Over hot pastrami and corned beef sandwiches, Herbert Boyer and Stanley Cohen opened the door to genetic engineering and laid the foundations for gene therapy and the biotechnology industry. For these outstanding achievements, the two collaborators received the $500,000 Lemelson-MIT Prize in 1996.
Boyer and Cohen met in 1972, while presenting papers in Hawaii at a conference on bacterial plasmids. A Stanford University professor, Cohen had been working on ways to isolate specific genes in antibiotic carrying plasmids and clone them individually through introducing them to E. coli bacteria. Boyer, hailing from the University of California, San Francisco, had discovered a restriction enzyme that cut DNA strands at specific DNA sequences, producing "cohesive ends" that could stick to other pieces of DNA.
Following the conference, the two colleagues met at a local deli to discuss using plasmids as a vector for cloning individual DNA segments. Boyer and Cohen agreed to collaborate, and in a matter of months succeeded in splicing a piece of foreign DNA into a plasmid carrier, which then inserted genetic information into a bacterium. When the bacterium reproduced, it copied the foreign DNA into its offspring, acting as a natural factory producing biological substances.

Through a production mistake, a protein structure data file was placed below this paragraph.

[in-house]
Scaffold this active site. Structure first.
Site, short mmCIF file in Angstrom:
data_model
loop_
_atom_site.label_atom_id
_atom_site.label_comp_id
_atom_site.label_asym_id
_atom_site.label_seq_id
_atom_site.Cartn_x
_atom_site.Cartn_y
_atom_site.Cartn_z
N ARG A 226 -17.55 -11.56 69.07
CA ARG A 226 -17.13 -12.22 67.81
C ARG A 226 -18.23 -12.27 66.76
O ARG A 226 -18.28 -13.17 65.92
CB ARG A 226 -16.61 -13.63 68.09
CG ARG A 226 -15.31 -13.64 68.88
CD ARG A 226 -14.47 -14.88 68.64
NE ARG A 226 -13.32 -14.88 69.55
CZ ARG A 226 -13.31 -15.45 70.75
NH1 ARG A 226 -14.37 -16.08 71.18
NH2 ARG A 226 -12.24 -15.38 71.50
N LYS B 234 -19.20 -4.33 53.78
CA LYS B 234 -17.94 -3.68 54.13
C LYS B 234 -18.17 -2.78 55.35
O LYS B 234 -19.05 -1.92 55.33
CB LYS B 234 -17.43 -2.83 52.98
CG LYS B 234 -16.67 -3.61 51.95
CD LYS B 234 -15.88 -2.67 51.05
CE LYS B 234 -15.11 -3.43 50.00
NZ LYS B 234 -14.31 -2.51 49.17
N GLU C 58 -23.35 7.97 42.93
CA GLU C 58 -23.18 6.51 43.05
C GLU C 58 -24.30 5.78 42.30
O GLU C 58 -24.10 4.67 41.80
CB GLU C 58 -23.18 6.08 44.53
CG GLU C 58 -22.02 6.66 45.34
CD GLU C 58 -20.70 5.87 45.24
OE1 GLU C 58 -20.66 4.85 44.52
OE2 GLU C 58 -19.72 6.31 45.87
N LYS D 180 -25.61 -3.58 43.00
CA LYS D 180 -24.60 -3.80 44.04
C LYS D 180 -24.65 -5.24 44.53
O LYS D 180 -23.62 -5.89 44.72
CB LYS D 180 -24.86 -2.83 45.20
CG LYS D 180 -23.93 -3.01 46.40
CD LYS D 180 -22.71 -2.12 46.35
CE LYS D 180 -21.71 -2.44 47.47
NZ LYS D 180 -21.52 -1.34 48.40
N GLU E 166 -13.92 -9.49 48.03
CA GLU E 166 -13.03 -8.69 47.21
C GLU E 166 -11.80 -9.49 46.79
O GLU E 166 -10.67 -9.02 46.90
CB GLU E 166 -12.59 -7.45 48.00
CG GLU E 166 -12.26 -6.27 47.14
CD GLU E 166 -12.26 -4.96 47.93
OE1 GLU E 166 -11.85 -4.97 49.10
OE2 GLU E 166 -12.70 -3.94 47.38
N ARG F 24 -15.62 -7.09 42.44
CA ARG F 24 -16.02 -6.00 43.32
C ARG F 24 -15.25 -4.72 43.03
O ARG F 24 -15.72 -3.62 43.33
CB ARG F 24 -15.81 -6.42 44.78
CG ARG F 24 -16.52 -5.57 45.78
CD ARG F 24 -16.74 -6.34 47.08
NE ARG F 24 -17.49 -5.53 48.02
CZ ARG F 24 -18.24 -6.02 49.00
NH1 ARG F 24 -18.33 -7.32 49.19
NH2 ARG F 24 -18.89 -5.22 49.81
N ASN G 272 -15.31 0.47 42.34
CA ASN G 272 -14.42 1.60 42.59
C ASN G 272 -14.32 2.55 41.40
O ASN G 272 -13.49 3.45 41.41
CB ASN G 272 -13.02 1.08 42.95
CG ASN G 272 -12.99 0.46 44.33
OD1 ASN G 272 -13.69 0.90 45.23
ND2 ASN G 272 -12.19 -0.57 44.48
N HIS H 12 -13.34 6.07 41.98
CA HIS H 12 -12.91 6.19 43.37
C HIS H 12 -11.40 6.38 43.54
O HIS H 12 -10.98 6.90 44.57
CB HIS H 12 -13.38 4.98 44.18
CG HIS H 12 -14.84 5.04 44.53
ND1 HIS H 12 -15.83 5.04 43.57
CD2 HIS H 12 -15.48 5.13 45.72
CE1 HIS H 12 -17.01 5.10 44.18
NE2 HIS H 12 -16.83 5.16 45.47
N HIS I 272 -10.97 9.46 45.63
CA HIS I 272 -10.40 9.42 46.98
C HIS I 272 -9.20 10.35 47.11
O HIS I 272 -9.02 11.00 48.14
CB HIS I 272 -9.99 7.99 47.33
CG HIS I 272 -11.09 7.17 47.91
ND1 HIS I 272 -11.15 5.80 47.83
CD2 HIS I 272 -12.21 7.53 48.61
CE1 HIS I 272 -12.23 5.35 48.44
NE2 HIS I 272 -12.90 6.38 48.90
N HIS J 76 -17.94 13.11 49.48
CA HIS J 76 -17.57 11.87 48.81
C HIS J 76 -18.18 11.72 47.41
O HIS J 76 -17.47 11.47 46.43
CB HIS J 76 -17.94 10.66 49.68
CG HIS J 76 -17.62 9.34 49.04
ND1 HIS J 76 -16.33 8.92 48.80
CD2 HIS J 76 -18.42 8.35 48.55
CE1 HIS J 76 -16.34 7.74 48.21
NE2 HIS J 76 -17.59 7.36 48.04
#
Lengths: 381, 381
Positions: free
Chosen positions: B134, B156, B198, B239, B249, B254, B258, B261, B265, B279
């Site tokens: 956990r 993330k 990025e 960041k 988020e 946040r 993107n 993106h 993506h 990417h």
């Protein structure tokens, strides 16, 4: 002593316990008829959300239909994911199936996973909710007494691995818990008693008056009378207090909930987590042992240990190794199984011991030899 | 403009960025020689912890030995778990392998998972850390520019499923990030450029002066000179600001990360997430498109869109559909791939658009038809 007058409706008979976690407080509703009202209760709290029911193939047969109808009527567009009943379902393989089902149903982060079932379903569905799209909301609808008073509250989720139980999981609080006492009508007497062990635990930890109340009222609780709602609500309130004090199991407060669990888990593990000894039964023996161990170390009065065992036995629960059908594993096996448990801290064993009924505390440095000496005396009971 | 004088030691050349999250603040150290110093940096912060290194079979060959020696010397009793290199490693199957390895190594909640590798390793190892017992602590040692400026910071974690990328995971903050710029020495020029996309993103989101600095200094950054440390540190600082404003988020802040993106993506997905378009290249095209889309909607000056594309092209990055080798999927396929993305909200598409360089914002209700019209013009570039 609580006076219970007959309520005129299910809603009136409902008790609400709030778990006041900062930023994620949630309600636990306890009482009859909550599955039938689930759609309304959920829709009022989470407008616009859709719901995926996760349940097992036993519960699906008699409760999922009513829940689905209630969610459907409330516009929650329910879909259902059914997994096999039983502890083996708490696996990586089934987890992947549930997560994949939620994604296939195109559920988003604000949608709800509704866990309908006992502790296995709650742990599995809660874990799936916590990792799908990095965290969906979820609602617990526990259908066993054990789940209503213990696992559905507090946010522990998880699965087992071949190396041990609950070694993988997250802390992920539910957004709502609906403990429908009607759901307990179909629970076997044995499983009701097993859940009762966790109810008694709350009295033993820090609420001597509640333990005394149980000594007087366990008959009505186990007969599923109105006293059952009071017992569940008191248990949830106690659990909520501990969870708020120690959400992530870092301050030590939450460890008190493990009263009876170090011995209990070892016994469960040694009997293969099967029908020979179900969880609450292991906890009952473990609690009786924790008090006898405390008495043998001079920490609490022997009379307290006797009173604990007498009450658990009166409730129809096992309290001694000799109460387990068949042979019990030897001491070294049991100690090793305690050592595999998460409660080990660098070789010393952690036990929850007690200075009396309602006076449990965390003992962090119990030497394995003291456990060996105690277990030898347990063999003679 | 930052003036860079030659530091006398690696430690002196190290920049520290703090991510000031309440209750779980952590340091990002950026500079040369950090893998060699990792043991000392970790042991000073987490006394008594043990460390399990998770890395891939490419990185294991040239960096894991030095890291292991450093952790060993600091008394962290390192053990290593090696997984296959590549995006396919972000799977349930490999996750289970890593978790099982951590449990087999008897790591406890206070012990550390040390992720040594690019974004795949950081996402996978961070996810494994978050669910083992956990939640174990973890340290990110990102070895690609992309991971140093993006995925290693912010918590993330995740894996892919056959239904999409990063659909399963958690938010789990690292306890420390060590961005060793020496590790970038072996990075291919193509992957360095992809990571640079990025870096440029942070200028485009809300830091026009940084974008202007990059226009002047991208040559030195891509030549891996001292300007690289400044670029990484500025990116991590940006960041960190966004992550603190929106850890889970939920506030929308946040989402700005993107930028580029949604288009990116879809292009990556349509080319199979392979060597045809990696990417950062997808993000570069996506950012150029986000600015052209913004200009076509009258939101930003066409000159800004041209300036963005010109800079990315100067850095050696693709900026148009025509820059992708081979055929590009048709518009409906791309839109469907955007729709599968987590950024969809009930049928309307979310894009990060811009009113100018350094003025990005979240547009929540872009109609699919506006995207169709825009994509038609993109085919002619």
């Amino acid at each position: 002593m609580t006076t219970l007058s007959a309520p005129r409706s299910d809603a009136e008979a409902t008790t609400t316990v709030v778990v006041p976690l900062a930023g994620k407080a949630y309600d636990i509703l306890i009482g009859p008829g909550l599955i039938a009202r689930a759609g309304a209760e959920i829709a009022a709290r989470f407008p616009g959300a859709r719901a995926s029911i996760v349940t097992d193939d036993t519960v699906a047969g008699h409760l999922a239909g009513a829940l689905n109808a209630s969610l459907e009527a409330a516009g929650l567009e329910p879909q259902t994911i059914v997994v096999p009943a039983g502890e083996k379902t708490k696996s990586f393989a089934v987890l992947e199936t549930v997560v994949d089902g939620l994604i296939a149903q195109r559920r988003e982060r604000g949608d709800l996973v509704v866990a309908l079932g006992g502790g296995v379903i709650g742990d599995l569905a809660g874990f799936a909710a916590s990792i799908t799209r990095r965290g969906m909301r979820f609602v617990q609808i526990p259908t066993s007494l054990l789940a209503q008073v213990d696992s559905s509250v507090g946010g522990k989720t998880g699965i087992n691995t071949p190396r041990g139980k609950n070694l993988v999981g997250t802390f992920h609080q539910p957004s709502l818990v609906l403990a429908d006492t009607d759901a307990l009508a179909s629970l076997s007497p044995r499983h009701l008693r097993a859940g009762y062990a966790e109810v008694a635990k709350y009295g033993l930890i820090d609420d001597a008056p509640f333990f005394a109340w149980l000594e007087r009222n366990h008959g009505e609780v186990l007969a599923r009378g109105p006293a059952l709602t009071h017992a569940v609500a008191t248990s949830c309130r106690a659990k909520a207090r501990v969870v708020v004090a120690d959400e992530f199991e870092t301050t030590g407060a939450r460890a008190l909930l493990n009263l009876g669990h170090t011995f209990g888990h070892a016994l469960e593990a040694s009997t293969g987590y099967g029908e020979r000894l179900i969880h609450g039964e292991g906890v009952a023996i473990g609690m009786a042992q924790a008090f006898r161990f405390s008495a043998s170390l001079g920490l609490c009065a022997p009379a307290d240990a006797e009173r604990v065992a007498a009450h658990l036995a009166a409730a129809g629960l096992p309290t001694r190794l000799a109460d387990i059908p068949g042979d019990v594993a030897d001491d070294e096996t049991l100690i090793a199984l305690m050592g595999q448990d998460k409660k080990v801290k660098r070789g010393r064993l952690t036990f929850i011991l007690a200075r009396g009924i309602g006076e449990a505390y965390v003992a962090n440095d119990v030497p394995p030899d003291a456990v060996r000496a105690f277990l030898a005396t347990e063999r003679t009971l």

By genetically engineering cells to produce human substances, Boyer and Cohen invented a quick and easy way to make chemicals like HGH (human growth hormone), synthetic insulin, factor VIII for hemophilia, somatostatin for acromegaly and clot-dissolving agent tissue plasmogen activator (tPA).
Boyer and Cohen have received three patents, from which over 350 licenses have been granted—generating approximately $27 million in royalties. Despite their achievements, Cohen modestly declares, "Boyer and I didn't set out to invent genetic engineering. Our invention came from efforts to understand basic biological phenomena and the realization that our findings had important practical applications."
Boyer, from western Pennsylvania, received his BS in biology and chemistry from St. Vincent's (1958) and his MS and PhD in bacteriology from the University of Pittsburgh (1963), followed by post-graduate work at Yale. He is currently a director at the leading biotech company Genentech, which he co-founded in 1976. Cohen, a native of Perth Amboy, NJ, received his BA in biological sciences from Rutgers University and his MD from the University of Pennsylvania. Cohen currently continues research in genetics at Stanford. Both Boyer and Cohen have received the National Medal of Science and the National Medal of Technology, and are members of the National Academy of Sciences.